Strained by the demands of wars in Iraq and Afghanistan, there is a significant risk that the U.S. military won't be able to quickly and fully respond to yet another crisis, according to a new report to Congress.Pace isn't happy about the idea of another war of choice, on flimsy or even trumped-up evidence, at a time when the quagmire in Iraq has brought the US military to a low ebb.
The assessment, done by the nation's top military officer, Gen. Peter Pace, chairman of the Joint Chiefs of Staff, represents a worsening from a year ago, when that risk was rated as moderate.
The report is classified, but on Monday senior defense officials, speaking on condition on anonymity, confirmed the decline in overall military readiness. And a report that accompanied Pace's review concluded that while the Pentagon is working to improve its warfighting abilities, it "may take several years to reduce risk to acceptable levels."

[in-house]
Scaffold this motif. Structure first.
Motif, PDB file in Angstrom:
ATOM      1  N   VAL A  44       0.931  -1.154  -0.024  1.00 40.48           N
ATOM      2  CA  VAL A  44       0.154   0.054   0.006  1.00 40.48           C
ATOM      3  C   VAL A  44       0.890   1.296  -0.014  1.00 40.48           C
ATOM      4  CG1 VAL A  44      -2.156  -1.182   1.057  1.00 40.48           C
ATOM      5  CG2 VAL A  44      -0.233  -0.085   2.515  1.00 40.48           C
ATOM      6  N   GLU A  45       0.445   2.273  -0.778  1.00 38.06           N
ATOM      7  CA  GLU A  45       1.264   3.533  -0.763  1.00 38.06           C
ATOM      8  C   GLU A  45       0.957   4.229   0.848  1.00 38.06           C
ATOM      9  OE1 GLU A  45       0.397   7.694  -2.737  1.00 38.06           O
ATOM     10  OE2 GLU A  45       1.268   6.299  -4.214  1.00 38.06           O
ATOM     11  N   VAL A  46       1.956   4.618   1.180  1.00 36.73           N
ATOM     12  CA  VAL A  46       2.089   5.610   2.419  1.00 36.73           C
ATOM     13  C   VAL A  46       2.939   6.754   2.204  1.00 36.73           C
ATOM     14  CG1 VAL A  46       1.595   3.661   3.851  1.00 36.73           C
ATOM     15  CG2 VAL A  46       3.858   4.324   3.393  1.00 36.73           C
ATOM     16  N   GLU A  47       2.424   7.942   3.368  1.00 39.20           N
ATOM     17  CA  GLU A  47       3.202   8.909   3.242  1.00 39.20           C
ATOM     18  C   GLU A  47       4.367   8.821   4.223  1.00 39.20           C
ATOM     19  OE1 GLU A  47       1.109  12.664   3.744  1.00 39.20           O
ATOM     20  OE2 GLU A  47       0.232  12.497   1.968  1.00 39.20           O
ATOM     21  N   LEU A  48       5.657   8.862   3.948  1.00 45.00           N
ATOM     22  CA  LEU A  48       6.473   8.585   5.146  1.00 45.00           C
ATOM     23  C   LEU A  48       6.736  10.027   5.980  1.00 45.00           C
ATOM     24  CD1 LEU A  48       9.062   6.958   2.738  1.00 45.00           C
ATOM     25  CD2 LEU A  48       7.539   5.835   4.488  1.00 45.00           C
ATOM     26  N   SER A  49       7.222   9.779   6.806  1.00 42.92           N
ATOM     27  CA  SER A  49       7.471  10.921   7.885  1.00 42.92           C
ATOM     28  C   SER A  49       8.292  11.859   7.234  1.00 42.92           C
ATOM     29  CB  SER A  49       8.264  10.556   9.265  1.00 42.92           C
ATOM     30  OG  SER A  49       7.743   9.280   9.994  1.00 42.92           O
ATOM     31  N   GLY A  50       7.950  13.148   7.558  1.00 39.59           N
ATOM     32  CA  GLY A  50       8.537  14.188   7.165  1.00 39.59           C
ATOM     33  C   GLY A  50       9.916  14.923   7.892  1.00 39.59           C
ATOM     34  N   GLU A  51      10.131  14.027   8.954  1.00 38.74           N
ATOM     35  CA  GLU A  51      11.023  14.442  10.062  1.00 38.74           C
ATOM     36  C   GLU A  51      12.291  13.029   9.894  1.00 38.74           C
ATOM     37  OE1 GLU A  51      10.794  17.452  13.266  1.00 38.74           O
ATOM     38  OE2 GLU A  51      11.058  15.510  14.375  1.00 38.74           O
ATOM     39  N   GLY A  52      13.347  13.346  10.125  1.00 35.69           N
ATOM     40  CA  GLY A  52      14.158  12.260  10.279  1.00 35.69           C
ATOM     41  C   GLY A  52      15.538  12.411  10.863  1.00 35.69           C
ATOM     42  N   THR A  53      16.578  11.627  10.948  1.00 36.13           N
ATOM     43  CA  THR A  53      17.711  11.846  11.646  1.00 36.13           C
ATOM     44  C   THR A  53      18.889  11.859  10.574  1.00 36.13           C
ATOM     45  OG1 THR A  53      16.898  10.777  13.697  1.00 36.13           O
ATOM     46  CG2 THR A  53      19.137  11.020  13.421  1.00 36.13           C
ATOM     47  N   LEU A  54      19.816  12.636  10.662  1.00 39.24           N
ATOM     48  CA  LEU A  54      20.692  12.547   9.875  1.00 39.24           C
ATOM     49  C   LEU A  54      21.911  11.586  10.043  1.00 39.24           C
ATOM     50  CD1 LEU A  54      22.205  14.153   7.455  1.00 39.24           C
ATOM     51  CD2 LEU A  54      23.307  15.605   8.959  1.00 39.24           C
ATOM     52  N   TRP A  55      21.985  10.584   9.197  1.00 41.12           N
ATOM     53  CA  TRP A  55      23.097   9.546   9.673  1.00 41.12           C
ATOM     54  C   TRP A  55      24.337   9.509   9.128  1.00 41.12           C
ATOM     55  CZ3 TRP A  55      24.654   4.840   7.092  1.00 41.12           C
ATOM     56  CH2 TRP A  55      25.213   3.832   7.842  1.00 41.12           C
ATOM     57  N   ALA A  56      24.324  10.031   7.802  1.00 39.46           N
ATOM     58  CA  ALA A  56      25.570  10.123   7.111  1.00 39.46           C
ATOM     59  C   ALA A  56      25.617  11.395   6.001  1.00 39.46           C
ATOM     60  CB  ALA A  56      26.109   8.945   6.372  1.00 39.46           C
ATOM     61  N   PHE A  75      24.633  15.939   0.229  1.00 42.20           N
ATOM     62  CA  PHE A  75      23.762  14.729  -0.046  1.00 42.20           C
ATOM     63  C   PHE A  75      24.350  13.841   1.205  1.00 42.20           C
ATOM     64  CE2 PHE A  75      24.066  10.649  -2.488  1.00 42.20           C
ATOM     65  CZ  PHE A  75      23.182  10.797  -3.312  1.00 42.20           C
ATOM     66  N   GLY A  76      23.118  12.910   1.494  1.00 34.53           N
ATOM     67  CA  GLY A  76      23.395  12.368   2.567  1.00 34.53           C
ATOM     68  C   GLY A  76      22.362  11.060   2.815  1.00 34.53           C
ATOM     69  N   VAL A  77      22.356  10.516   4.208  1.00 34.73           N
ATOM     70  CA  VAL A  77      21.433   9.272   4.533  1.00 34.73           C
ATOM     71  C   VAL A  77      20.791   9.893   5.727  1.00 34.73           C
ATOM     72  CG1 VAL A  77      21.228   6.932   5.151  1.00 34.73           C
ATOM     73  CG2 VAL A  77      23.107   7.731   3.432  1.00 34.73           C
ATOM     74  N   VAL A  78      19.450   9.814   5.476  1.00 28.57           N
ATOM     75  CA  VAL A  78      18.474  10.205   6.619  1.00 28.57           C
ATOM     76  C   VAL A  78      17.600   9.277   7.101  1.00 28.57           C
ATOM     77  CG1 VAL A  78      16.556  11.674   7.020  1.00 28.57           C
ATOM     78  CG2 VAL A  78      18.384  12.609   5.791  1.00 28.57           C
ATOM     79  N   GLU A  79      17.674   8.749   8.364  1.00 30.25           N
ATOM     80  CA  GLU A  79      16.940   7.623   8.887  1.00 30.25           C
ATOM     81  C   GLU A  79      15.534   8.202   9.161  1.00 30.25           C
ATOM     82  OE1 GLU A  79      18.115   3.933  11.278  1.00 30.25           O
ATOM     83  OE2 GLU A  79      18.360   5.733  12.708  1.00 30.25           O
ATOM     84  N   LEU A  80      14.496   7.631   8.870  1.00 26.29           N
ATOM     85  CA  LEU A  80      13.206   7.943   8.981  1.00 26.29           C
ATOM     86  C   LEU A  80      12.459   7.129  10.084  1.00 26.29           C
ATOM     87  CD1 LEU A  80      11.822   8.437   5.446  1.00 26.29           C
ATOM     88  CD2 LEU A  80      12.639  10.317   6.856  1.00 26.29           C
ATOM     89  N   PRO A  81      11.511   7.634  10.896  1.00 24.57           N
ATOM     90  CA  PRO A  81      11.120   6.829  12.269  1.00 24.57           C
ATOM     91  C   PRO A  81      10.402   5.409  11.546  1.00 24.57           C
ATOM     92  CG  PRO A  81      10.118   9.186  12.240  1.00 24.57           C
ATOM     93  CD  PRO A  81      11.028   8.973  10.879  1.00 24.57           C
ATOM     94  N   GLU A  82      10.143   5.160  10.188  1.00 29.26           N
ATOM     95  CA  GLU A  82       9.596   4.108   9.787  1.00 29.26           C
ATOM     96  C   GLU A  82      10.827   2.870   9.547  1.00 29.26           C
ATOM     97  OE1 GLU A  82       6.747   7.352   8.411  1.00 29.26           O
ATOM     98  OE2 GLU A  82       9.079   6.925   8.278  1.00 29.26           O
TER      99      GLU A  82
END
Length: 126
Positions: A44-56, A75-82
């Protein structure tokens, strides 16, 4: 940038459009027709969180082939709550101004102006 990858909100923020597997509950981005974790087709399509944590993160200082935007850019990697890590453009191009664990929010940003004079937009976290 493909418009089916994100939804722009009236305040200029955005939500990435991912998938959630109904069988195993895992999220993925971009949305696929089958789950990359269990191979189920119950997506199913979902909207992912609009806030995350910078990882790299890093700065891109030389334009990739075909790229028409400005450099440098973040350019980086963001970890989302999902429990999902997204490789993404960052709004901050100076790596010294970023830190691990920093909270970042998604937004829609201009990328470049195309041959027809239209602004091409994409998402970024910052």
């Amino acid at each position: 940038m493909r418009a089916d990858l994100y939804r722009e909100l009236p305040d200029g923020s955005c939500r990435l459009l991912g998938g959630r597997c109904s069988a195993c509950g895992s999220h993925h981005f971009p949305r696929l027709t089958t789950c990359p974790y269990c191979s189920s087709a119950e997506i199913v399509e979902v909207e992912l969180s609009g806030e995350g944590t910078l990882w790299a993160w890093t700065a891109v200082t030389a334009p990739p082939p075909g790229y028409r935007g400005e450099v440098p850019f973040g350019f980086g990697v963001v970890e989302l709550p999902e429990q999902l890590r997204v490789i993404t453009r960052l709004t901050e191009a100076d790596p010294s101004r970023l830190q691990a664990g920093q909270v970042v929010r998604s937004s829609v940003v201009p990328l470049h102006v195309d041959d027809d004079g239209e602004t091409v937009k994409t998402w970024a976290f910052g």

Pace's report comes as the U.S. is increasing its forces in Iraq to quell escalating violence in Baghdad. And top military officials have consistently acknowledged that the repeated and lengthy deployments are straining the Army, Marine Corps and reserve forces and taking a heavy toll on critical warfighting equipment.
The review grades the military's ability to meet the demands of the nation's military strategy _ which would include fighting the wars as well as being able to respond to any potential outbreaks in places such as North Korea, Iran, Lebanon, Cuba or China.
Monday, February 26, 2007
Gen. Pace - Military Capacity At "Significant Risk"
Here's part of why Pace won't play ball on the White House neocons' rush to war with Iran: